[iDC] "recursive publics"
Michael H Goldhaber
michael at goldhaber.org
Sun Jul 12 16:58:36 UTC 2009
Christopher, I find your thoughts about recursive publics fascinating.
But one thing I do not understand is the meaning of the quote of you
by Jodi Dean to the effect that the so-called geeks are trying to
"save capitalism from capitalists;" can you explain what this means?
Are not capitalists integral to capitalism? Is it not essentially a
hierarchical system in which reinvestment decisions are made by a
small group? (I assume that capitalism without capitalists would not
be synonymous with anything like "state capitalism" which is how many
socialists have described the Soviet Union.) Perhaps you could point
to a text where you explain this.
Michael H. Goldhaber
michael at goldhaber.org
mgoldh at well.com
older site, www.well.com/user/mgoldh
On Jul 11, 2009, at 10:21 PM, Christopher Kelty wrote:
> On Sat, Jul 11, 2009 at 9:55 AM, Dean, Jodi <JDEAN at hws.edu> wrote:
> >Christ says
> thank you :) many people confuse the flowing robes and big beard,
> but I'm just a regular underpaid academic.
> I do not think that the market is an instrument of justice. In fact,
> I would say that the claim that the market is an instrument of
> justice is a political claim and moves the discussion into a
> political terrain. Again,
> questions of justice are political/moral claims. My own view is
> that markets are terrible mechanisms for 'making hard decisions
> about allocation amongst hetereogeneous desires'-- primarily because
> they begin from
> self-interest rather than collective interest (but that's only one
> of many reasons--include also inequality, exploitation, short-term
> mindsets, boom-bust cycles and instability, monetarization of basic
> goods/needs, etc).
> i guess i agree with you here, since that would also be *my* view.
> However, what I think is irrelevant-- what I'm trying to elaborate
> is the way free software is tied to and made possible by practices
> and ideals derived from this tradition; and to do so means taking
> that tradition seriously. Free Software is not a practice that
> relies on markets of the kind we currently have in the world--it is
> also critique of them. Your position is one I would call
> revolutionary (i.e. markets of any kind are no good for justice);
> that of some, perhaps most, of the Free Software geeks is
> reformatory (i.e. the markets we have today are bad versions of
> something which could be better for justice).
> At this point, I don't find the term recursive publics useful. I
> reviewed Warner's book a number of years ago and have a critique of
> his use of publics. My book Publicity's Secret goes through the
> version of the concept and criticizes that. What's particularly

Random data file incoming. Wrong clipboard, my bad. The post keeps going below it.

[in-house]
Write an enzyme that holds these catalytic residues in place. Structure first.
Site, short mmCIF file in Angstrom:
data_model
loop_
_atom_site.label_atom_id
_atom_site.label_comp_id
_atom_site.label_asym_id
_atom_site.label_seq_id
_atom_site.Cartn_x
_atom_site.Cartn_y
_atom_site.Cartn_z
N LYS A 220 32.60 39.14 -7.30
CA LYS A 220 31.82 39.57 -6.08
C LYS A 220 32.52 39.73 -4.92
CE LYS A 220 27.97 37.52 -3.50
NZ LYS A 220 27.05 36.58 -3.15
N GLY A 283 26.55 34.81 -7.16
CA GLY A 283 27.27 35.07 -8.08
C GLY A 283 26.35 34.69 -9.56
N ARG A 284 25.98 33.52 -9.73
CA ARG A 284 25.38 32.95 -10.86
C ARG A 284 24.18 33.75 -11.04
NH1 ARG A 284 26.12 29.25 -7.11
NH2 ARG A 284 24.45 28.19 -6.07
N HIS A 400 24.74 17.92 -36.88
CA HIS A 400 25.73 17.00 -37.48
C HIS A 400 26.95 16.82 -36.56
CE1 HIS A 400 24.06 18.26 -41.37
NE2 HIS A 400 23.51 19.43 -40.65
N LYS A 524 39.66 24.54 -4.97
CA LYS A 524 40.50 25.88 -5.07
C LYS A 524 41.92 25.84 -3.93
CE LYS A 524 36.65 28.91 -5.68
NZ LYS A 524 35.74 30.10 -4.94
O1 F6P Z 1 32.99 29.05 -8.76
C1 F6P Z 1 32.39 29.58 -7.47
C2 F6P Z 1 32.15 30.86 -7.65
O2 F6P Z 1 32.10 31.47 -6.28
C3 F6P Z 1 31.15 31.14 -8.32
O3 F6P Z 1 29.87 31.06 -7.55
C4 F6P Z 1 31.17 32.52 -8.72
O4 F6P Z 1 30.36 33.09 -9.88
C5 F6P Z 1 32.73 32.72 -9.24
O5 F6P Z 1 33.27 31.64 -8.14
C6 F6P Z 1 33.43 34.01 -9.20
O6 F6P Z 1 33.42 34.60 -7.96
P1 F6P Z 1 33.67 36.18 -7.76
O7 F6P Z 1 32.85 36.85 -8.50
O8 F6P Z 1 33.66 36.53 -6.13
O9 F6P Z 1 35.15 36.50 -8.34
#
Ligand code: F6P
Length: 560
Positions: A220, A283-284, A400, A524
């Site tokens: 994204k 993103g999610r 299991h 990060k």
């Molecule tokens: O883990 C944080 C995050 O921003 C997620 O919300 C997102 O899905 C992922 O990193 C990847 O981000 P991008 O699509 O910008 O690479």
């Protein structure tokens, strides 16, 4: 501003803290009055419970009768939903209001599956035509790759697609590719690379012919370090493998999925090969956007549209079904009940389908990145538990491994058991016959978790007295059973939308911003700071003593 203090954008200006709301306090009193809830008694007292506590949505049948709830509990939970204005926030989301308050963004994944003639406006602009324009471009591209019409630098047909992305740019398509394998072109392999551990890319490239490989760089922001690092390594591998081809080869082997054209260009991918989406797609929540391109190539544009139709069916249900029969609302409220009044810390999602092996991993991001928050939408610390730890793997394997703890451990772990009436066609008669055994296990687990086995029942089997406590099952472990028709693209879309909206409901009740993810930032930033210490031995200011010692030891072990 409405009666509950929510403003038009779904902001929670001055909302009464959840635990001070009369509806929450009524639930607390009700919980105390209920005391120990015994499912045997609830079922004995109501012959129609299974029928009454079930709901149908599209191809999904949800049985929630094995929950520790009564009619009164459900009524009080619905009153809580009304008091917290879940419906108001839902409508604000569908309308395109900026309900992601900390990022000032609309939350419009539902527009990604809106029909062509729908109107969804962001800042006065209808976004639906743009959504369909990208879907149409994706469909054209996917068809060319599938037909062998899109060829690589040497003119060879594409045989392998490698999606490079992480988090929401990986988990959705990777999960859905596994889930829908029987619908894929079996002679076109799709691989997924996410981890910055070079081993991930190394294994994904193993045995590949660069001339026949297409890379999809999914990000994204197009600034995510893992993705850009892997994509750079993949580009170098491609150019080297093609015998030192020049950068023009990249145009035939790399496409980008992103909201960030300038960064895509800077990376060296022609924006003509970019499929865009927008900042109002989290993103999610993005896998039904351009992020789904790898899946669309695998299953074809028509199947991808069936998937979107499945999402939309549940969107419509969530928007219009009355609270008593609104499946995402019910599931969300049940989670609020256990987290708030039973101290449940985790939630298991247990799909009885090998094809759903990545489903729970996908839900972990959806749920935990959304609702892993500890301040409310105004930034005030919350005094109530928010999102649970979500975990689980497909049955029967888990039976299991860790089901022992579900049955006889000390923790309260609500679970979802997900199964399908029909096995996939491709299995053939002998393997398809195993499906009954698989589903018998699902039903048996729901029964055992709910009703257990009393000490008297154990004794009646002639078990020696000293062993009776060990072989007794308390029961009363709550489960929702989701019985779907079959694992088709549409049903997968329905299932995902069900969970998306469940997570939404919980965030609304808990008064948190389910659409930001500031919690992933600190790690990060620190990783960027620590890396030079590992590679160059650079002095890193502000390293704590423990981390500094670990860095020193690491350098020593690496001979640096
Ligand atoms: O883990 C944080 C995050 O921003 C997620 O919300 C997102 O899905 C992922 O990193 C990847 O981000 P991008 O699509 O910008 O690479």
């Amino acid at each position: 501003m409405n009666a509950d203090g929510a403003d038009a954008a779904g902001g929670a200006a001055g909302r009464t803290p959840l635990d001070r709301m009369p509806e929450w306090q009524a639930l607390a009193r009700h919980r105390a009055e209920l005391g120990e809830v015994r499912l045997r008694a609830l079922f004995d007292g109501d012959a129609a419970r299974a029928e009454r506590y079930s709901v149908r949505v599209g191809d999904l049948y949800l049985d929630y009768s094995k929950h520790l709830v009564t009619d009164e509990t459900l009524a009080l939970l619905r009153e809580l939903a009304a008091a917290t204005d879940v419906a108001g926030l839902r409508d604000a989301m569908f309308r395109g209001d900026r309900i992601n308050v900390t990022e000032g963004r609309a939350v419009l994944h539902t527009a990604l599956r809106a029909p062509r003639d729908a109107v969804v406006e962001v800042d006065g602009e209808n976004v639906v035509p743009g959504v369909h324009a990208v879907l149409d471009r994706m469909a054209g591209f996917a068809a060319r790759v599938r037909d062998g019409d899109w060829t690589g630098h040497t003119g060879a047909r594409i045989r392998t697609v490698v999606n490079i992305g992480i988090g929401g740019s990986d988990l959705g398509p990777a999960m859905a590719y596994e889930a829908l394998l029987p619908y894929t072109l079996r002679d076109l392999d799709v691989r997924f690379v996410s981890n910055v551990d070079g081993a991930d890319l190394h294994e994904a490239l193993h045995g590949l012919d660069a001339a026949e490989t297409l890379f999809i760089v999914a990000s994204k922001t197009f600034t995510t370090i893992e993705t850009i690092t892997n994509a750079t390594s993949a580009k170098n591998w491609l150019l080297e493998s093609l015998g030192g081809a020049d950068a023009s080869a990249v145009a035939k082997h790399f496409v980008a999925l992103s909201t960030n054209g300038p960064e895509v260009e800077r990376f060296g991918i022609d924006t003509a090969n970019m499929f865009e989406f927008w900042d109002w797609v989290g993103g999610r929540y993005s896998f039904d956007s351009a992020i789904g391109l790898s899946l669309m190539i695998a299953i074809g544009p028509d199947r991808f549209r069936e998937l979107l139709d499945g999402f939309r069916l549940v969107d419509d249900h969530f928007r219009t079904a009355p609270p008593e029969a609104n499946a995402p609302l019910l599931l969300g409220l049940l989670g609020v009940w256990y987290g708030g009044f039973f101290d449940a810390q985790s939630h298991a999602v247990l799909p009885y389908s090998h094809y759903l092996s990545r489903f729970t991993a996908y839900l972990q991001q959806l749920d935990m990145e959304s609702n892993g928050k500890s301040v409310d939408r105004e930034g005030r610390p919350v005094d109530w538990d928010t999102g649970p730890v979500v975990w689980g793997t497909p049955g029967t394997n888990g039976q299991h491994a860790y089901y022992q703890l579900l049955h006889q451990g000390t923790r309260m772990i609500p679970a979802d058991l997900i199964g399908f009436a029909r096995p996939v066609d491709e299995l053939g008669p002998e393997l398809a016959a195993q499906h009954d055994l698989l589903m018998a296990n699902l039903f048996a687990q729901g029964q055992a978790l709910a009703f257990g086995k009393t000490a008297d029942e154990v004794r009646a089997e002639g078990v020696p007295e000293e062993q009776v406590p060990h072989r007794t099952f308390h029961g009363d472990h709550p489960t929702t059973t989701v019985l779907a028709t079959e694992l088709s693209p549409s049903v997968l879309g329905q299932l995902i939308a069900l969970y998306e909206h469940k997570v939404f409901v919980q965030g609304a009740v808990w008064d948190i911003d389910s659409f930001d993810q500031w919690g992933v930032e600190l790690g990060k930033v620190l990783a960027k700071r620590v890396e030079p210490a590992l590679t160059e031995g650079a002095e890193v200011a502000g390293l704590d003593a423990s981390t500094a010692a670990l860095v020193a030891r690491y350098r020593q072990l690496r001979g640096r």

> fascinating in Chris's version is the way that a 'mindset' shared by
> a group of technocrats who are not accountable to anyone but
> themselves can somehow position itself as a 'public', presumably
> carrying with it the moral/political connotations from the 18th
> century. This is alarming in part because this group/mindset is pro-
> capitalist yet positions itself as somehow
> neutral. (Fred Turner's critical approach to the rise of
> cyberculture provides an important contrast to the kind of account
> Chris gives).
> I call them a public, a recursive public, as a way of trying to say
> what makes free software distinctive. No geeks or hackers refer to
> themselves this way, save the 2-3 who have read my book. In
> addition, they are not technocrats, by any definition of that term.
> What's more, whatever power they have is mind-bogglingly small
> compared to that of, say, big pharma, or big content, or big energy,
> or indeed big finance. While it's important to recognize the extent
> of the success of free software, you are making it out to sound like
> some hidden cabal of super-powerful, auto-legislating, hubris-laden
> ideologues. They're *geeks*-- they enjoy a quiet weekend watching
> the new star trek and thinking about dynamically scoping variables
> for god's sake... The people fred turner writes about, by contrast,
> do have more cultural power, to be certain... but his excellent book
> is not about free software. I would venture to say that most free
> software geeks are appalled by the kind of drumbeating people like
> Kevin Kelly or Chris Anderson do these days... but unless we can
> actually make these distinctions, it seems pointless to argue about
> wether or not to be for or against them.
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